A key feature of the actual particle accelerator, located underneath the Swiss and French Alps are the pumping slot shields. These form part of the beam screens inside the Large Hadron Collider (LHC) particle accelerator.
Brandauer produced the components that act as electron shields, which protect the machine’s 9,300 superconducting dipole magnets from electron cloud effects inside the vacuum beam tubes.
Without the pumping slot shields, it would not be possible to maintain the dipole magnets at their operational temperature of -271 Celsius. The 2,800 pressure relief springs are necessaryto protect the LHC’s cryostats from absorbing too much pressure.
Engineers from both CERN and Brandauer worked together to ensure that the four different sizes of magnets to be manufactured were perfect before they were put into production.
Rowan Crozier, sales and marketing director at Brandauer said: “This was a very complex task for a niche customer, and involved significant technical excellence, an understanding of materials and their properties and an ability to deliver complex parts that operate in extreme conditions.”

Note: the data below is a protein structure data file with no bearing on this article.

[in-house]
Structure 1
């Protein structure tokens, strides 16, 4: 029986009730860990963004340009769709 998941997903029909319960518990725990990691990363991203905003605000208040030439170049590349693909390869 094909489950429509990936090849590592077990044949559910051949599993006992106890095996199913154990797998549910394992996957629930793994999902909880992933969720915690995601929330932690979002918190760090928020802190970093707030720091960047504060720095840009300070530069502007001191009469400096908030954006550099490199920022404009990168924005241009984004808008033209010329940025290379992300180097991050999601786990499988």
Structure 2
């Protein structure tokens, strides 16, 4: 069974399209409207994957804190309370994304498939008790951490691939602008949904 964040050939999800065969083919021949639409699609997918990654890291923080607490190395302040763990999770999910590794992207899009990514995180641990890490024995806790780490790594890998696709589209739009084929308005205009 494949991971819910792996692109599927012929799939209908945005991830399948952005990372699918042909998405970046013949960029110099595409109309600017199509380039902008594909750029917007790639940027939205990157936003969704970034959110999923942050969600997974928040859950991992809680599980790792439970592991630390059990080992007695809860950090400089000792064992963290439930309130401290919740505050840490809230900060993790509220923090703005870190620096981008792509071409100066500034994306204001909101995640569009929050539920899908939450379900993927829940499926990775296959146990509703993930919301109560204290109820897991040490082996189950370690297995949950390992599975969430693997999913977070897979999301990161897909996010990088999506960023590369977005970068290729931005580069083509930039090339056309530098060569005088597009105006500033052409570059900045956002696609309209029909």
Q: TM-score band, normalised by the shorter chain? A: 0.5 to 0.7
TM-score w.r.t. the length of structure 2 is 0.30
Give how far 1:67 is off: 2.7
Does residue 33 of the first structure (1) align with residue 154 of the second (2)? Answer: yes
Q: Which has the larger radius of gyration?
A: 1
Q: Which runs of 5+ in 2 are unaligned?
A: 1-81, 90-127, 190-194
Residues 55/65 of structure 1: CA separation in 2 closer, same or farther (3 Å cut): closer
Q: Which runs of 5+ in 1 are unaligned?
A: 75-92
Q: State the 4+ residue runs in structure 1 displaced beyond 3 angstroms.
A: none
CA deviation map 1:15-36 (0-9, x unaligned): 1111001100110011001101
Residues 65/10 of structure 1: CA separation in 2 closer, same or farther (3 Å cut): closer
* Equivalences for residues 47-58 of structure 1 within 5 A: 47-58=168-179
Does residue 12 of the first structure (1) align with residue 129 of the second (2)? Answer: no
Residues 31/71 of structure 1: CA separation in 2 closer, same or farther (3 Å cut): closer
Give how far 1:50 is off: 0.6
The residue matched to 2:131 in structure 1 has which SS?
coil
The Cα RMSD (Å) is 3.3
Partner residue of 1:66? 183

He went on to say: “I suppose you could say Birmingham has played its own role in helping find what many people are calling the ‘god particle’.”
In a statement that welcome the contributions of SMEs to the international competitiveness of the UK, one of the mechanical engineers at CERN Paul Cruikshank added: “[Brandauer's contribution shows that] small and medium-sized specialists … continue to offer world-class design and engineering services at the highest level.”
Mr Cruikshank gave the main reason why Brandauer was the preferred supplier of the components: “Brandauer is one of very few high-precision presswork specialists in Europe with the necessary skills and technical capability to produce components that meet CERN’s extremely demanding specifications.”